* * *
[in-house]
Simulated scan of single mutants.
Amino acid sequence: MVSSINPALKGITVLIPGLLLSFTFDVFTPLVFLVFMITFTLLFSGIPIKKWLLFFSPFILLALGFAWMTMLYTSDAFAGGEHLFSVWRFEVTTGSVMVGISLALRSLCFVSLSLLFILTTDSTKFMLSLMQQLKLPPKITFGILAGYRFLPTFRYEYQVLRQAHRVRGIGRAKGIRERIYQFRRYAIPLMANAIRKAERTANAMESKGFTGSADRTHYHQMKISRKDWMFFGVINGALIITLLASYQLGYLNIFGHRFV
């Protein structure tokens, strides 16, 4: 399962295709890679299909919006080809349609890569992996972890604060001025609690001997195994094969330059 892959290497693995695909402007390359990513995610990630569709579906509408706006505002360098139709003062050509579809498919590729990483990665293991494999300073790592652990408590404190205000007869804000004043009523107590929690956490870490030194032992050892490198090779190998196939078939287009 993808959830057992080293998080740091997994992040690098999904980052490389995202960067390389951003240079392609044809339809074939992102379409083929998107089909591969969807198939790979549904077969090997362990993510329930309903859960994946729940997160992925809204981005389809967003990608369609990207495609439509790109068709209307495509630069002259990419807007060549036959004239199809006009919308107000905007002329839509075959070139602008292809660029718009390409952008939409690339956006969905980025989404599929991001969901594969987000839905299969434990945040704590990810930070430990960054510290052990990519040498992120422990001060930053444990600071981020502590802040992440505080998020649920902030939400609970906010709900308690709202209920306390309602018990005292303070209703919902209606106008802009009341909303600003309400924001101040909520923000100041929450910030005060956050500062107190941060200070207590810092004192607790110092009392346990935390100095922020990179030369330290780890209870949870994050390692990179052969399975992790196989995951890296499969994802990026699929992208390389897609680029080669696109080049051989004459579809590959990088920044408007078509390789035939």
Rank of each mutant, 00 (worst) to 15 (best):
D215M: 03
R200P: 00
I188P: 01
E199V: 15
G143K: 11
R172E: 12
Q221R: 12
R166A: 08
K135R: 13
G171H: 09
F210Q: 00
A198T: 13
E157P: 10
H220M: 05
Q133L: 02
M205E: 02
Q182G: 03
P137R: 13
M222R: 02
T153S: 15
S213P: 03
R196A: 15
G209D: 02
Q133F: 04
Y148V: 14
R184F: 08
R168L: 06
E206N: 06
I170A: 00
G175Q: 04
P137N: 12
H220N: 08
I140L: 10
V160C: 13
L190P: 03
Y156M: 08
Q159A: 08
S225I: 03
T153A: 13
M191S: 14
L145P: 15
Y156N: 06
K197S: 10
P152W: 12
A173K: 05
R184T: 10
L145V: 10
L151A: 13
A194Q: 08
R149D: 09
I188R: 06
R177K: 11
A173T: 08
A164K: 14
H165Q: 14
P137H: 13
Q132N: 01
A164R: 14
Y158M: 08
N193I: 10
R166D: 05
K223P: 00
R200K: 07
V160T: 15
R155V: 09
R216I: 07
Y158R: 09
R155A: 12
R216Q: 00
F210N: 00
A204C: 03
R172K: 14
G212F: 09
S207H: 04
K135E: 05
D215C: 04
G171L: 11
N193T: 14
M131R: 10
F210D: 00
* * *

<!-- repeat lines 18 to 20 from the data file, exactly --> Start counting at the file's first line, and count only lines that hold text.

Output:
E157P: 10
H220M: 05
Q133L: 02